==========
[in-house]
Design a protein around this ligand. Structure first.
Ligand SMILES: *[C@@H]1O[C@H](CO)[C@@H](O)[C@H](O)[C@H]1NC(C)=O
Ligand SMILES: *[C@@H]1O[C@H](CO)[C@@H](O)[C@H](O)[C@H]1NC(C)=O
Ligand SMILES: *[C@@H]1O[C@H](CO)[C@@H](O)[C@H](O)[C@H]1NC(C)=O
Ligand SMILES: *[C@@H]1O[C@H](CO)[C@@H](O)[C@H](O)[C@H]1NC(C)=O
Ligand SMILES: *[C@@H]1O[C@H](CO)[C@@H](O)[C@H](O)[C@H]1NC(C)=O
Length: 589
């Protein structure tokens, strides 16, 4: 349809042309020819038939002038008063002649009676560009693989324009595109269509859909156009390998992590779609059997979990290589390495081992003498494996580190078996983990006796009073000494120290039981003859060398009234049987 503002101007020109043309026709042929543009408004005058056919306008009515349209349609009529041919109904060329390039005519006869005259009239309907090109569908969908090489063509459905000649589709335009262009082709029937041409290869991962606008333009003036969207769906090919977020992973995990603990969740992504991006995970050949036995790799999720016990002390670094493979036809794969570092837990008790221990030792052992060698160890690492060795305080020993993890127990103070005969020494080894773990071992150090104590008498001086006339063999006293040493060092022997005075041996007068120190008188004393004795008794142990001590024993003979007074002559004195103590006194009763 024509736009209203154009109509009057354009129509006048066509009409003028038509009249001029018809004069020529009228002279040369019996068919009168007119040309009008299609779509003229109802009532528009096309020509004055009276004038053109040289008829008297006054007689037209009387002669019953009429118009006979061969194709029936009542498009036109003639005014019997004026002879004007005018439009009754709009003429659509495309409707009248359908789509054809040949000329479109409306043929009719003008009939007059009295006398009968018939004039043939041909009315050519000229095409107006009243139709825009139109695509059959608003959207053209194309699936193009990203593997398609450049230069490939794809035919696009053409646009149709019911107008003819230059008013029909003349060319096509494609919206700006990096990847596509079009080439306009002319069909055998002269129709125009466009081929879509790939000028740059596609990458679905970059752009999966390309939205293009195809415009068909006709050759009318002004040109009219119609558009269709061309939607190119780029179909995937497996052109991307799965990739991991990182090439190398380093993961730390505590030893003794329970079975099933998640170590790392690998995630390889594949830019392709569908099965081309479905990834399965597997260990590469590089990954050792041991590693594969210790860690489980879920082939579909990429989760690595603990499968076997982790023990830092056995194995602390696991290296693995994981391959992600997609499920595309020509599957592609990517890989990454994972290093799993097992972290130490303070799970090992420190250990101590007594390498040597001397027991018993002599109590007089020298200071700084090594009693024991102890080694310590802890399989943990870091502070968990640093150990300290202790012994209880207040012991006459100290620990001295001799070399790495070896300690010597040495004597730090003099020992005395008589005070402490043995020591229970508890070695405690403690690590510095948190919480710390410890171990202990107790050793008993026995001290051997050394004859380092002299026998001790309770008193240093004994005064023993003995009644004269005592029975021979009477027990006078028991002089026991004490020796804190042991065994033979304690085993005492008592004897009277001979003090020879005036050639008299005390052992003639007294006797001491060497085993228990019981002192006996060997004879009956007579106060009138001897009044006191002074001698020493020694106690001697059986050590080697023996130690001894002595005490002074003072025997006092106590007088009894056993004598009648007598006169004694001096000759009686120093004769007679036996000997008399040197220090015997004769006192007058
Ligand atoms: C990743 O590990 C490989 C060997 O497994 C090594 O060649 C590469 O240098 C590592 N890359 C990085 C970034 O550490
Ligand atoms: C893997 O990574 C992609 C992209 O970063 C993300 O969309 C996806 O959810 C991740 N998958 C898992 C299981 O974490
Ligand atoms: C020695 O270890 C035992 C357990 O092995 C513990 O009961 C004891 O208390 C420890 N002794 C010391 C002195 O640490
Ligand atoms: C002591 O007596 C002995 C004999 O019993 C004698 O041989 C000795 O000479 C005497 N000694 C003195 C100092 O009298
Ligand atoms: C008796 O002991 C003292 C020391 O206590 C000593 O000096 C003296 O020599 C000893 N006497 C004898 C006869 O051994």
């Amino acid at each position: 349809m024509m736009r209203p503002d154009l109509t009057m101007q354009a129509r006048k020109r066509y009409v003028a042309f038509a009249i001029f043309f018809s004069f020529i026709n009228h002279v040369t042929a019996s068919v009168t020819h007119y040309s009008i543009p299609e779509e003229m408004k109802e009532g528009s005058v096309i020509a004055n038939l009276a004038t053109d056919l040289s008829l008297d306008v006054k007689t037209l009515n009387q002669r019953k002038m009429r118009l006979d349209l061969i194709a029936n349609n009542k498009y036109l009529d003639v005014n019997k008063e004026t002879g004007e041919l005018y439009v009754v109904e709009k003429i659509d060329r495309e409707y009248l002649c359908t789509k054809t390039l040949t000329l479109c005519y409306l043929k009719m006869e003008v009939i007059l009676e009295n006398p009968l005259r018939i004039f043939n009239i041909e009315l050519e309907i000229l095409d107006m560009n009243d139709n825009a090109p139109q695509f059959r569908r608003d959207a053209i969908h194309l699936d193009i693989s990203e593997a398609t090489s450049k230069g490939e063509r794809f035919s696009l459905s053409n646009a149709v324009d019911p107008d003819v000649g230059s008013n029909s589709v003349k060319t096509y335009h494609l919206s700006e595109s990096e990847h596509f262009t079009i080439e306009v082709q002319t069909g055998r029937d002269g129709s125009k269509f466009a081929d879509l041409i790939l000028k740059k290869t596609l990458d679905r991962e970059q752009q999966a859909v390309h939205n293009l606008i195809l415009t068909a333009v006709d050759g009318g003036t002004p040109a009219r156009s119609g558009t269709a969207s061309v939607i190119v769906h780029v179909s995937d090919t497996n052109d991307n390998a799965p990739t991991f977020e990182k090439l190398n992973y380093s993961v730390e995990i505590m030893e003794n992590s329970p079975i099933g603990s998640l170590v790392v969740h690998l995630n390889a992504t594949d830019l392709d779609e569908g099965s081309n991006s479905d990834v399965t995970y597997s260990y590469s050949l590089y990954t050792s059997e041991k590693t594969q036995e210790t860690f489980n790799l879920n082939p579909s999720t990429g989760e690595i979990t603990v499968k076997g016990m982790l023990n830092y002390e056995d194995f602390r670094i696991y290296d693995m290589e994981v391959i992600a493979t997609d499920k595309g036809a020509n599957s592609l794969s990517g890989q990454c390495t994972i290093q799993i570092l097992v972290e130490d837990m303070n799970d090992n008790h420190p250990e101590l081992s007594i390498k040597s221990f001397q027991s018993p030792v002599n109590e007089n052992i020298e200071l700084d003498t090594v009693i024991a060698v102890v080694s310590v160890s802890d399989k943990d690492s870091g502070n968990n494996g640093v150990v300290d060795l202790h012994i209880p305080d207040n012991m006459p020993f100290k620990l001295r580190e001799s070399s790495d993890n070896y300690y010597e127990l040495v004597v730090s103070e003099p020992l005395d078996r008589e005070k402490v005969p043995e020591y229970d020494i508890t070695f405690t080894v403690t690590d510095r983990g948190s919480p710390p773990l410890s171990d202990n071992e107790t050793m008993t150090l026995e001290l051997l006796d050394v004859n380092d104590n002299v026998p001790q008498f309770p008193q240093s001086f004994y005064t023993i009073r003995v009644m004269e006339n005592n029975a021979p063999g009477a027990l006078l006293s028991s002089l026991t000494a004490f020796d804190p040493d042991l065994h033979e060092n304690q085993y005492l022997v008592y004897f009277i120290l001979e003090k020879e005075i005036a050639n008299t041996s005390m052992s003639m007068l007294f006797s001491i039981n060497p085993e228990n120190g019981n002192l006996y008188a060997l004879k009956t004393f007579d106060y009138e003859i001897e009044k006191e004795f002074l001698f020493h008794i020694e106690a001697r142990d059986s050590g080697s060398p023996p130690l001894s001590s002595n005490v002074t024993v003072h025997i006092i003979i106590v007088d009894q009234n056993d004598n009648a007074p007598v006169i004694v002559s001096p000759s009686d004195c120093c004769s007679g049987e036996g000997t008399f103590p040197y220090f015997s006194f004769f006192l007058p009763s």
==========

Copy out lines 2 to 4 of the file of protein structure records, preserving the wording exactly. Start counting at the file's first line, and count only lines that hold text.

Design a protein around this ligand. Structure first.
Ligand SMILES: *[C@@H]1O[C@H](CO)[C@@H](O)[C@H](O)[C@H]1NC(C)=O
Ligand SMILES: *[C@@H]1O[C@H](CO)[C@@H](O)[C@H](O)[C@H]1NC(C)=O